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Spinal Cord Injuries;

Thoracolumbar Fractures

Donald S. Corenman, M.D., D.C.


Anatomy of the Cord and Cauda
Spinal cord from foramen magnum to L1
Conus at L1 for bowel and bladder (nervi
eriganties S1-S5)
Peripheral nerves for lower extremities start from
T9-T12
L1 roots start innervation of lower extremities
Thoracic blood supply to the cord tenuous at T10-T12
(artery of Adamkowitz)
Lumbar blood supply abundant
Physiological Anatomy of the
Thoracic Spine
Facets lie in the frontal plane- allowing rotation
Ribs resist rotation and add 3x the normal stiffness
in lateral rotation
Kyphosis of the T spine loads the anterior column
Lower 2 vertebra have floating ribs and no
costotransverse articulations
Canal size in thoracic spine relatively small
Physiological Anatomy of the
Lumbar Spine
Large discs allow more ROM
Facets prevent rotation
Spinal canal wider
Lordosis loads the facets
Thoracolumbar Junction
Thoracic spine stiffer in flexion (ribs) than lumbar spine (stress
riser)
Lowest 2 thoracic vertebra have less extrinsic stability secondary
to changes in facet orientation and floating ribs (T11-12 have
frontal facets but no conjoined ribs to stabilize, therefore less
rotational resistance)
In pure axial loading, thoracic spine deforms into kyphosis and
lumbar spine into lordosis leaving the transition vertebra exposed
to pure compression
Force distributed over 10 thoracic and 4 lumbar vertebra is
withstood only by 2 vertebra at the thoracolumbar junction
Mechanisms of Injury
How much energy was imparted into the individual
(fall from height vs fall from level skiing vs ejection
from car)
What was the loading force (impact onto buttocks vs
impact onto flexed neck vs impact from object)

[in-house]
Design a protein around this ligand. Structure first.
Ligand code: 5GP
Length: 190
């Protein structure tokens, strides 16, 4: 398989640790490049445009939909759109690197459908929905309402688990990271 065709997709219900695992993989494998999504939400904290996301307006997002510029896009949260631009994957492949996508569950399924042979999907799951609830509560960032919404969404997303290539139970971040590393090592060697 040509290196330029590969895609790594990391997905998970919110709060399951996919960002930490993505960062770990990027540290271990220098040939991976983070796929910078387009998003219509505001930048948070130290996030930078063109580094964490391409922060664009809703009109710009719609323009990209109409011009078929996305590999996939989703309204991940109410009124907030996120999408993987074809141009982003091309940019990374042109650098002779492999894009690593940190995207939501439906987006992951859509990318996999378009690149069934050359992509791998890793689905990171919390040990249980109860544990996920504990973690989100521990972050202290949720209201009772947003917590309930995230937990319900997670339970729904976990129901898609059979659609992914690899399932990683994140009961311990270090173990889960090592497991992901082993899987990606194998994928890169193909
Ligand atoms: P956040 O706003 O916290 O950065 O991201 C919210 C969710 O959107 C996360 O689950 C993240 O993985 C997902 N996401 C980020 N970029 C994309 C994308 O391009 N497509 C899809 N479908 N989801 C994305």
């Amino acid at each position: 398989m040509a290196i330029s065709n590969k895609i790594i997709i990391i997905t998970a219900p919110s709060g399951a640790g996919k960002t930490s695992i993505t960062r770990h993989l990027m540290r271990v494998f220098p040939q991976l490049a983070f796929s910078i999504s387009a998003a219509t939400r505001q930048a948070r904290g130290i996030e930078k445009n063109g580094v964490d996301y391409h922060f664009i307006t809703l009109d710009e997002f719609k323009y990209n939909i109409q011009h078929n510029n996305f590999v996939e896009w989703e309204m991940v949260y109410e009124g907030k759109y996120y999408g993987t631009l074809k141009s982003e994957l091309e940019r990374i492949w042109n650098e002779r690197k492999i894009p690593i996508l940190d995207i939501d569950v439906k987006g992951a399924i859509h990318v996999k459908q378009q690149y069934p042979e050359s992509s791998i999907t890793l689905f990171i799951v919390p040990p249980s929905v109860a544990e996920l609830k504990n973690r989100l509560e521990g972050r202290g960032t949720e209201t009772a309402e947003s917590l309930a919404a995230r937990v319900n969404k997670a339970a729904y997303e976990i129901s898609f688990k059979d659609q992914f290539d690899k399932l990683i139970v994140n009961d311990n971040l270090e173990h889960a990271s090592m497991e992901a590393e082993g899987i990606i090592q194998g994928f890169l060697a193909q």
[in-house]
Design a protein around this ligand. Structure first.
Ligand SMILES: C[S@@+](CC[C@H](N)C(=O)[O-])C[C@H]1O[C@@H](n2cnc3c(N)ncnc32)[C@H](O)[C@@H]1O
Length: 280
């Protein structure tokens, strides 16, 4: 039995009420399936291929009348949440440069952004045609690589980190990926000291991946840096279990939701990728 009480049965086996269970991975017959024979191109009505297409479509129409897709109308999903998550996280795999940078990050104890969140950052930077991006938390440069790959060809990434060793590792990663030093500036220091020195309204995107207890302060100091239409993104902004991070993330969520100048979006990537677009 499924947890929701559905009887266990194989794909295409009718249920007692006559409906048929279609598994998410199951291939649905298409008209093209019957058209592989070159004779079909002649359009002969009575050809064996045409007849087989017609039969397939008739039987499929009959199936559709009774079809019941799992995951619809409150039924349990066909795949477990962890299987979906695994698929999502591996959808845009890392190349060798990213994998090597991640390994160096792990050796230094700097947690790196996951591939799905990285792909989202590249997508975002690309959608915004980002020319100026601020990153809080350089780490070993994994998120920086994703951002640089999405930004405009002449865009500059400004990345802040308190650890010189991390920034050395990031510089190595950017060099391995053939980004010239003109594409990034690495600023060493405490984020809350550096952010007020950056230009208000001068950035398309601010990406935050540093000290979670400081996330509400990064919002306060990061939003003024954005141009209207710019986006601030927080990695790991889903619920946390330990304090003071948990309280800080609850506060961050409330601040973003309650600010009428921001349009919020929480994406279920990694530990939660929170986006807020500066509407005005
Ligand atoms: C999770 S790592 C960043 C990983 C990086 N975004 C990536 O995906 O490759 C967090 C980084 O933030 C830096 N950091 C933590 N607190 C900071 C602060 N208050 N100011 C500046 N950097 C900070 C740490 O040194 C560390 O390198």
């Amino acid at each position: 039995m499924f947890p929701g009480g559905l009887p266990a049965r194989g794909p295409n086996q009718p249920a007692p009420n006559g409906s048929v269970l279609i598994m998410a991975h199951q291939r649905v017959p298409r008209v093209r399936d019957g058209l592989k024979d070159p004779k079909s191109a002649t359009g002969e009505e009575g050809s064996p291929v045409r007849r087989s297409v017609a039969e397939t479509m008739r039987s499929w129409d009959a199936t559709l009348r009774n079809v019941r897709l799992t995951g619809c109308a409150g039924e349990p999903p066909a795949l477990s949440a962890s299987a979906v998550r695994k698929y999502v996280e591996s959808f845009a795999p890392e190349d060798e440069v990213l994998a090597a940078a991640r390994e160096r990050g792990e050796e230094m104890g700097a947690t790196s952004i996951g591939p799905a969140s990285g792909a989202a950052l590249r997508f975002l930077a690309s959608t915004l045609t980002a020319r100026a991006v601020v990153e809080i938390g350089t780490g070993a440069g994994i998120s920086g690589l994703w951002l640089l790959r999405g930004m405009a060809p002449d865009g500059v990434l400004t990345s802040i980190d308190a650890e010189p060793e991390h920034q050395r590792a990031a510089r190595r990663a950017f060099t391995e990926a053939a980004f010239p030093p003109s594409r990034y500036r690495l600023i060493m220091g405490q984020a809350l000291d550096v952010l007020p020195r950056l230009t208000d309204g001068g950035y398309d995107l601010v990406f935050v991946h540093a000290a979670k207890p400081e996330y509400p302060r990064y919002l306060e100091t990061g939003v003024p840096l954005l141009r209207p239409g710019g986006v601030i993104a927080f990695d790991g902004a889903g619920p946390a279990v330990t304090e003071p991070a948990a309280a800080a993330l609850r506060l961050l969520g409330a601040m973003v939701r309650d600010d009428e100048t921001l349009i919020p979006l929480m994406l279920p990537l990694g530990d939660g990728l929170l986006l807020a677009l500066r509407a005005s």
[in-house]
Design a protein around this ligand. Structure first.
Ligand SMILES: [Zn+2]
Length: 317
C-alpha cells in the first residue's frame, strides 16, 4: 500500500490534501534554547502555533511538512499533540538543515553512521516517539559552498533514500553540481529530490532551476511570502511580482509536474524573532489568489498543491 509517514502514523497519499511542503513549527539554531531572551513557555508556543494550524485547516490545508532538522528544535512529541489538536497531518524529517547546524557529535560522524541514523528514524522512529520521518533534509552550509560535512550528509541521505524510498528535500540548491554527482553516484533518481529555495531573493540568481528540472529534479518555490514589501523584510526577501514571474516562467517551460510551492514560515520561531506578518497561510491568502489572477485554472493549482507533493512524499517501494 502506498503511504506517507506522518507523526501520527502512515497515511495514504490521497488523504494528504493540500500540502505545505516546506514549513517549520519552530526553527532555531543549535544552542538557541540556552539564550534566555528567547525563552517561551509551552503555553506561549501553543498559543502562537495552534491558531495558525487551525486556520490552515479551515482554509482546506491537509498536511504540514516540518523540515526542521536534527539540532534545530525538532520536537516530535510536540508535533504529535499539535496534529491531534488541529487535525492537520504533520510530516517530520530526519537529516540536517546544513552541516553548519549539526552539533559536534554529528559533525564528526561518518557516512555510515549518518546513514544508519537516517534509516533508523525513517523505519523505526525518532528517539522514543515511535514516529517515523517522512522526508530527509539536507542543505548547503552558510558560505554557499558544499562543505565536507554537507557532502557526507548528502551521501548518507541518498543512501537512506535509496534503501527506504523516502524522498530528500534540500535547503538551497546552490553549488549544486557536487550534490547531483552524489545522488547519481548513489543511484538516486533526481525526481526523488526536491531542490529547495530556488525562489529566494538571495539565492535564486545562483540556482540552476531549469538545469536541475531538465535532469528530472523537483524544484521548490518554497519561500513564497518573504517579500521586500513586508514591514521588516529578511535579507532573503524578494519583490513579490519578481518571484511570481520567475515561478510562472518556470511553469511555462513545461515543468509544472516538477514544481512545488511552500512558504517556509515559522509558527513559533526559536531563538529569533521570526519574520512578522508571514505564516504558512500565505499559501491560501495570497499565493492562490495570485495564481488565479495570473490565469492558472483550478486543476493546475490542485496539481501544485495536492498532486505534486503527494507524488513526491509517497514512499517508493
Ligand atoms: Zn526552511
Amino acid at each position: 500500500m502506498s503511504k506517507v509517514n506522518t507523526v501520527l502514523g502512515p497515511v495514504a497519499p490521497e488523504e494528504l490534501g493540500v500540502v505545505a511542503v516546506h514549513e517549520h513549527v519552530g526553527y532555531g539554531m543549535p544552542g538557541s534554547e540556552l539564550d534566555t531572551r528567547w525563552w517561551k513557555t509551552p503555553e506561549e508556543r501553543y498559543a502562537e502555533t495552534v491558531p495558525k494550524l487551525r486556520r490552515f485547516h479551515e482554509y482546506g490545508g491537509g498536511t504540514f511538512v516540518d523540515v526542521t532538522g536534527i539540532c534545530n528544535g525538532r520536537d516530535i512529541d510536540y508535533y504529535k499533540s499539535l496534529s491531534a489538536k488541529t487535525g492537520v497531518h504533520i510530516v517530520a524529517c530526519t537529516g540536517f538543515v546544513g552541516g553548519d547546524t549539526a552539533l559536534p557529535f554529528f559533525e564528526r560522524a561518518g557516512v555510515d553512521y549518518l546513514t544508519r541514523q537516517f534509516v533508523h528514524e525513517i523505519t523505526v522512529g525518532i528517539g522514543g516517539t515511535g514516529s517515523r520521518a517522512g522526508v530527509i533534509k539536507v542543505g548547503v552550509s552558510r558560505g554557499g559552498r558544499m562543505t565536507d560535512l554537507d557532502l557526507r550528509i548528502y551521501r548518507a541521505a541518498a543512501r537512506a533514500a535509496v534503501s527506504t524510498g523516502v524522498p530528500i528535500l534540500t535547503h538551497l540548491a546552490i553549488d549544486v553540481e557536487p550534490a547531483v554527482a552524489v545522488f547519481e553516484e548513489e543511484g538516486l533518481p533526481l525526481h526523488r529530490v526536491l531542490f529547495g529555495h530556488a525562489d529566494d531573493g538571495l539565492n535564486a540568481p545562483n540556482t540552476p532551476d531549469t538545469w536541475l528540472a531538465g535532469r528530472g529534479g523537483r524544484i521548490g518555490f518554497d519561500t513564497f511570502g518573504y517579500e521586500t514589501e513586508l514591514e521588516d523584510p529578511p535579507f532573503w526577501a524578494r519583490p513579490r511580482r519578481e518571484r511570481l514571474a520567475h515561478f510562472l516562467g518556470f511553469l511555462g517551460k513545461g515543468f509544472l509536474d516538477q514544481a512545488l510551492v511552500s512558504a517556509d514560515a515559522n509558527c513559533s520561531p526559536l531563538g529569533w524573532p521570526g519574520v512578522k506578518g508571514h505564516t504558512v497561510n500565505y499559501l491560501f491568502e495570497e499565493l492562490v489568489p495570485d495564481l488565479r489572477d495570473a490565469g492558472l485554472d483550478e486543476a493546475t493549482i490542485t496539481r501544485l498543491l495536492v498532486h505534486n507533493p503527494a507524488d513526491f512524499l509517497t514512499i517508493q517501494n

What was the force trajectory (beam impact vs
restrained MVA vs collision with tree)
What was the quality of the tissue of the recipient to
resist force (young adult vs senior/ preexisting
pathology)
Patient History
Loss of consciousness
Loss of motor strength (temp or present)
Sensory changes (temp or present)
Incontinence (at scene vs current)
Localized pain to other areas
Dyspnea (pneumothorax)
Past medical history
Patient Examination
ABCs first, then trauma examination
Motor strength L1-S1(for suspected
thoracolumbar injury)
Sensory C4-S3
Reflexes (hyperreflexia asso. with preexisting
myelopathy)
Rectal exam (sensory, tone and contraction)
(missed conus injury)
Bulbocavernosis (if necessary)
Neurologic Injury

Methylprednisolone protocol (30 mg/kg


loading and 5.4 mg/kg x 24 (or 48) hours
Only for central injuries- not peripheral
nerve injuries (conus is central injury)
Concordant Spinal Injuries
3 patterns
Watch out for
distracting injuries
10% of patients can
have other spinal
injuries
Severity of trauma-
splenic/ liver and
vessel injury
Classification System
Holdsworth 2 column theory
Denis 3 column theory
Classification of Injuries
Simple Compression (1-2 column injury)
Stable burst (2-3 column injury)
Unstable burst (3 column injury)
Flexion distraction (2 nonconjoined columns)
Chance (3 column failure all in tension)
Fracture dislocation (3 column injury)
Pure Dislocation (rare) (3 column injury)
Pathological (any and all)
Insufficiency (any and all)
Multiple contiguous fractures (nly 1-2 columns)
Compression Fractures
Only anterior column injury
Middle? and post. OK
Ant. column less than 30%
No more than 10 deg kyphosis
No neuro injury
Flexion distraction
Easy to miss- may
look benign
Anterior column >
50% crushed
Middle column mainly
intact
Significant spinous
process widening
Unstable
Stable Burst

Both ant and middle